HTML and CSS Reference
In-Depth Information
Chapter 11
Introduction to WebSockets
for Game Developers
Peter Lubbers, Program Manager, Google Developer Relations
It is a bit hard to imagine, but the Web wasn't always as dynamic as it is today. Before I discuss WebSockets, let's take a
trip down memory lane.
Before Asynchronous JavaScript and XML (AJAX) and its cornerstone, XMLHttpRequest (XHR), gained
widespread industry adoption, web application updates could only be achieved by refreshing a page. AJAX came
of age in the early 2000s and represented the first wave of interactive tools, giving developers the ability to make
applications feel more like their desktop counterparts. An AJAX call could be fired off to retrieve the current stock
price, update shipping costs, or validate form fields, all without a full-page reload. In addition to AJAX, this need for
dynamic data started to be served by what is commonly referred to as Comet or AJAX push . Comet simulates real-time
interactivity by keeping a connection open forever, or at least for a reasonably long time. There are various methods of
doing this, including having a hidden persistent inline frame (Iframe) (“forever frame”), long polling, or using Java or
Flash plug-ins.
When Comet first became popular, circa 2006, many browsers had a maximum of two concurrent connections,
so development was tricky if you wanted to emulate real-time events but needed to draw from many sources. In the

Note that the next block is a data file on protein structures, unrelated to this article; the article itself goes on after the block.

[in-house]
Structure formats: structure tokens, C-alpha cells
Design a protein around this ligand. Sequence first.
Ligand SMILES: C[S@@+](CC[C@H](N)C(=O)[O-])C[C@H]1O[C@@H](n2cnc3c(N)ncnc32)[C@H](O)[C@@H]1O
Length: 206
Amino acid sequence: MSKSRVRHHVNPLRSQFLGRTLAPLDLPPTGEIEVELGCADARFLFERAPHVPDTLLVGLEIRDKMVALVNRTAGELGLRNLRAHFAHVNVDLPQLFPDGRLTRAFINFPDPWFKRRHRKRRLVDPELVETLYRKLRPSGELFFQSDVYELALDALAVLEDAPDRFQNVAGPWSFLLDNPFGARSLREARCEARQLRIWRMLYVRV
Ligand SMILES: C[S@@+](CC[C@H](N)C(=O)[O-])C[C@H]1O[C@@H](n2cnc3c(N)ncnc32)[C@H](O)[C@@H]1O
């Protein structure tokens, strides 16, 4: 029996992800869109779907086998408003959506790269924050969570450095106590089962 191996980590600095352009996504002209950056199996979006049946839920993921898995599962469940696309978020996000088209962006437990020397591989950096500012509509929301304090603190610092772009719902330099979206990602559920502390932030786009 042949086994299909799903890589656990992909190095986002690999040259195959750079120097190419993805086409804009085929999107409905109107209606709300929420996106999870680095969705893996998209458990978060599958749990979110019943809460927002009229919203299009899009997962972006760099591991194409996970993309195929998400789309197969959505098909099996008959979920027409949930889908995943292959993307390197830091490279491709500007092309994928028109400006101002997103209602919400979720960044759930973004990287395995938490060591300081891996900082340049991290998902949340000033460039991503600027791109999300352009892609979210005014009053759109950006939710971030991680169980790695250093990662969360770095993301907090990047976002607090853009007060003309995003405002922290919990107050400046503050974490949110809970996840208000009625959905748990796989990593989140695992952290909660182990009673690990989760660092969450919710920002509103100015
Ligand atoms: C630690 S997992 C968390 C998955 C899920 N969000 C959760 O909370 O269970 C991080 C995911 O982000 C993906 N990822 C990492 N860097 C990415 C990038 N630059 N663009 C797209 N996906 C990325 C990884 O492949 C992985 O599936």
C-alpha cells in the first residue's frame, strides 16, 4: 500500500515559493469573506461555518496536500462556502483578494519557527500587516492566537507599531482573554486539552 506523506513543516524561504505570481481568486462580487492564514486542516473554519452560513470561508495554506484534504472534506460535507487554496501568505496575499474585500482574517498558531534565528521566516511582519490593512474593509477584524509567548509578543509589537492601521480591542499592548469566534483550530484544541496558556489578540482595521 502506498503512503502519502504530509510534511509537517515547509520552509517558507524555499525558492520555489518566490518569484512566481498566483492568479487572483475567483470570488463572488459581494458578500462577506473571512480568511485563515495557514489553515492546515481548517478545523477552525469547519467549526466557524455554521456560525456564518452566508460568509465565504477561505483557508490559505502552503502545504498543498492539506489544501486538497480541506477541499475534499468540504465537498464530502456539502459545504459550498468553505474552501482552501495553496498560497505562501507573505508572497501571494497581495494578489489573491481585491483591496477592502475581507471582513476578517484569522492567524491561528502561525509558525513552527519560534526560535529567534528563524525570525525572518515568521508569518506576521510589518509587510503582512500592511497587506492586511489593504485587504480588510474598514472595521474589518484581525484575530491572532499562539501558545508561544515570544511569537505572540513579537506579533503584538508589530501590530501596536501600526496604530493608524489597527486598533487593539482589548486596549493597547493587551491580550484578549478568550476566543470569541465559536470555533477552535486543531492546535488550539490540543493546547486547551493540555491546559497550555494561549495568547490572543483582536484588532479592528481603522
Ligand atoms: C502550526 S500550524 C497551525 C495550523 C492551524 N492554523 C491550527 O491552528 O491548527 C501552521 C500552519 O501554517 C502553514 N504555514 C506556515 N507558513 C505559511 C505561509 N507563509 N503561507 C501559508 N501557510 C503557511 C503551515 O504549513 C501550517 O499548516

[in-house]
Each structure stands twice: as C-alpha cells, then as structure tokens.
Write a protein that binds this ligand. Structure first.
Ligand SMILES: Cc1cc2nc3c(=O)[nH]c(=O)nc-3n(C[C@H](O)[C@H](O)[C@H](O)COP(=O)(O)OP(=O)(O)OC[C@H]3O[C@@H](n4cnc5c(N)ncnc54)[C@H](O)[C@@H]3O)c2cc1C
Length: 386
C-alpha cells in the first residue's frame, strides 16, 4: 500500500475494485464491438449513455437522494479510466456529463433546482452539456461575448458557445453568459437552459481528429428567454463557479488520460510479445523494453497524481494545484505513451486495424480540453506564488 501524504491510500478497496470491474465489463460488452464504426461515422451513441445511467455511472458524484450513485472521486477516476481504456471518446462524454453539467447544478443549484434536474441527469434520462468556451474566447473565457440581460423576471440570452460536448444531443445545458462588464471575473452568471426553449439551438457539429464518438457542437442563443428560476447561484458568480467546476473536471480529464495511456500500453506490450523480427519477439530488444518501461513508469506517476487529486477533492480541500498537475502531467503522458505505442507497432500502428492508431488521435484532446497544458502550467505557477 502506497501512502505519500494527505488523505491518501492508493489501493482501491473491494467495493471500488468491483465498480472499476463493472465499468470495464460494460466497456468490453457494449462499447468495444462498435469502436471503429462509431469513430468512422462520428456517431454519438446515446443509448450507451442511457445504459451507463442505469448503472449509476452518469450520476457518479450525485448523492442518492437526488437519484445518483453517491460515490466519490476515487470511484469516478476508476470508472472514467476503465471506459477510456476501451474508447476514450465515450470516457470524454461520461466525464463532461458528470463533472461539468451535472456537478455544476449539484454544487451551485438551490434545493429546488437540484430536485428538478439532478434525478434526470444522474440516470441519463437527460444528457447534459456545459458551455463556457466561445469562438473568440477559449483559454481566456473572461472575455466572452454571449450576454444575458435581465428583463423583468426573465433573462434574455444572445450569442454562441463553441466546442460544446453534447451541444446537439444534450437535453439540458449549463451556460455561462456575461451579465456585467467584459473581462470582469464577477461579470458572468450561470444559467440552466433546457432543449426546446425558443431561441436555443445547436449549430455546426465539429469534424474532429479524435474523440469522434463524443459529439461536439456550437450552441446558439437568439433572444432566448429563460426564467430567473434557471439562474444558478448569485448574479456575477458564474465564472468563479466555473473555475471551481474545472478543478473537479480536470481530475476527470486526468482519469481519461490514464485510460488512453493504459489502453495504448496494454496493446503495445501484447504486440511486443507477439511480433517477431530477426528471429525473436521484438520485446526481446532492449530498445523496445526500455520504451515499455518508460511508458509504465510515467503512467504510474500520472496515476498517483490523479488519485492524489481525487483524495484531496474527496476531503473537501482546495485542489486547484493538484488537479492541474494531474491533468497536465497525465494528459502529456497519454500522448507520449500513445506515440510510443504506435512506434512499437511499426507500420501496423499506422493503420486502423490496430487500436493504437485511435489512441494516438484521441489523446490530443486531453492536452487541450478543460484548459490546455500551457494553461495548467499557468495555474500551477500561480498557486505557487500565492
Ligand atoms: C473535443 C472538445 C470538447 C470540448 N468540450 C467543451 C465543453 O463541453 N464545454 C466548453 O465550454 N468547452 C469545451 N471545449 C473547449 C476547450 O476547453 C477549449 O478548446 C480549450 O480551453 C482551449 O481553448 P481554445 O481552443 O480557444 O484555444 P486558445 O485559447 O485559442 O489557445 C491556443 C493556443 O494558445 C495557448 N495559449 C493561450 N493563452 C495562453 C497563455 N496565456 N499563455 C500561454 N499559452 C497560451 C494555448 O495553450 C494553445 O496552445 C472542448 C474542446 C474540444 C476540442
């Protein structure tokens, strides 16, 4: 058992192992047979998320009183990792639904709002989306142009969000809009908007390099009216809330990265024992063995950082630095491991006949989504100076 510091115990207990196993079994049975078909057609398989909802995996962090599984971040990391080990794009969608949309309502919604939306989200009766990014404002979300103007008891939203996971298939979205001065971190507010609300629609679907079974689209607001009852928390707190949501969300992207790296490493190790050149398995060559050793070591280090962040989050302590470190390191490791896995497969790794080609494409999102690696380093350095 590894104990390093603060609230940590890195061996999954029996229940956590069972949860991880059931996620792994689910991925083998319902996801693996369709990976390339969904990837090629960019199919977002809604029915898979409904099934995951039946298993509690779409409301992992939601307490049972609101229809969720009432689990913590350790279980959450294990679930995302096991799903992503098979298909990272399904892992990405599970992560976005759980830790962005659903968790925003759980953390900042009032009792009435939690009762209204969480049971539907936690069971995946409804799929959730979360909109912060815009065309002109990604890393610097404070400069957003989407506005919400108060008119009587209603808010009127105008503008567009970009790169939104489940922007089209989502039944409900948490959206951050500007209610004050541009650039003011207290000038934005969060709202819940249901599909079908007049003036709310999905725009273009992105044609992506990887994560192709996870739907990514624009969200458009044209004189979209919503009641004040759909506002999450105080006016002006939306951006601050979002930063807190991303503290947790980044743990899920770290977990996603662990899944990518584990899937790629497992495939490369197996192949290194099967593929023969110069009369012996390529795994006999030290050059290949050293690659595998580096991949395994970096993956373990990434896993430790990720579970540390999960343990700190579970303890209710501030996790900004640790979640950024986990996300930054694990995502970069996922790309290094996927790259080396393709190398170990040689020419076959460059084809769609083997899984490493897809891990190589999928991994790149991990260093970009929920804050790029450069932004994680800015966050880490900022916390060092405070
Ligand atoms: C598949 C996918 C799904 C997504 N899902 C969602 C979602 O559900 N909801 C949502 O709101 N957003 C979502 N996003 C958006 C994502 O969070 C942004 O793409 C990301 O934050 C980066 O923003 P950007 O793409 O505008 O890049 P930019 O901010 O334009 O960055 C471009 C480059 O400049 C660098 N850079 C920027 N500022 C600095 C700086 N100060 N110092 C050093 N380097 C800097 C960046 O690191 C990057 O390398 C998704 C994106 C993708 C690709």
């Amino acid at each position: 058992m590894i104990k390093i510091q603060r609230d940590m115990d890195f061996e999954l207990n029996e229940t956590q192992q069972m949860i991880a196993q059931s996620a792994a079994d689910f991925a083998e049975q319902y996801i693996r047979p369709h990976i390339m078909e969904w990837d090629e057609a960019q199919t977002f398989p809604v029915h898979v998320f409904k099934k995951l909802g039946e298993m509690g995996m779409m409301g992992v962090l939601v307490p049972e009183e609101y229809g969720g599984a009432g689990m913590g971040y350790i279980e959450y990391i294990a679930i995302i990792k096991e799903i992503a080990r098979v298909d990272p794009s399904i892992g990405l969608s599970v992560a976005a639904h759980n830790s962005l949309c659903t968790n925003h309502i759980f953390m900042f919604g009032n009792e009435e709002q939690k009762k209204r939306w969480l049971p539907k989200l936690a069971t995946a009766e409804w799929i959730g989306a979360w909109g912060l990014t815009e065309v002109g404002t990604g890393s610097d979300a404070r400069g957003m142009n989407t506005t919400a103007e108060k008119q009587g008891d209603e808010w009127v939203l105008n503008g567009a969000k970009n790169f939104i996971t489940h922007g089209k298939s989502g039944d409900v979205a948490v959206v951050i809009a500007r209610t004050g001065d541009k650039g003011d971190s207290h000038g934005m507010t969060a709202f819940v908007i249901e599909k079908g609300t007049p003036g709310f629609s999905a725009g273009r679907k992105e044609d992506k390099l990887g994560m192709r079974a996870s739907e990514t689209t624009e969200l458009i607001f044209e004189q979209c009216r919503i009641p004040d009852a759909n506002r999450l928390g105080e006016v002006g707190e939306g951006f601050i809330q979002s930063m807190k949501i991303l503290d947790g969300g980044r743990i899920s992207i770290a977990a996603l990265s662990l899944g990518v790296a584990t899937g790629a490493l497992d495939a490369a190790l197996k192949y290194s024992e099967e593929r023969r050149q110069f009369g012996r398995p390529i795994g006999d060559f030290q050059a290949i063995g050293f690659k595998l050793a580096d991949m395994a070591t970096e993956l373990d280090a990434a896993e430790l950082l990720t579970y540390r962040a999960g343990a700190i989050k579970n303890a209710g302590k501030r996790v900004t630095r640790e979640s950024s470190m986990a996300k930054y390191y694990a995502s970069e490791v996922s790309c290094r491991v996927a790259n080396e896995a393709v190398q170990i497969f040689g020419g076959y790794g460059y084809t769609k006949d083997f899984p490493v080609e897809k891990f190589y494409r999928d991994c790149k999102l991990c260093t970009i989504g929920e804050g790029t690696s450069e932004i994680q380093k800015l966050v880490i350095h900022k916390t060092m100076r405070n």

quest for page load speed, most modern browsers have significantly raised their concurrent connection limits. This
is not to say that you have carte blanche with Comet; it still has the overhead of being transported through HTTP, so
there are a lot of extraneous HTTP header data being generated each time, even though the destination URL
doesn't change.
The WebSocket protocol is a fully bidirectional data transport mechanism over a Transmission Control Protocol
(TCP) connection, and it can traverse proxies. The Internet Engineering Task Force (IETF) codified its standard, RFC
6455, in 2011. WebSockets can be seen as an evolution of the tools used to deliver and respond to real-time events.
AJAX and Comet implement a more traditional request-response model that is somewhat symmetrical, whereas
a WebSocket, after establishing the connection, is more asymmetrical—basically, “don't call us, we'll call you.”
WebSocket connectivity is present in most modern browsers and mobile platforms.
As applications such as online games become less tolerant of latency, overhead becomes a problem. WebSockets
are great for gaming because it provides a means of achieving real-time multiplayer interaction with greatly
reduced overhead.
Setting Up a WebSocket Connection
A WebSocket connection begins with a handshake from the client to the server. The client initiates it over HTTP with
a randomly selected Base64-encoded Sec-WebSocket-Key and other data on the desired connection. This all happens
under the hood. A sample client connection request is shown in Listing 11-1.
Search WWH ::

Custom Search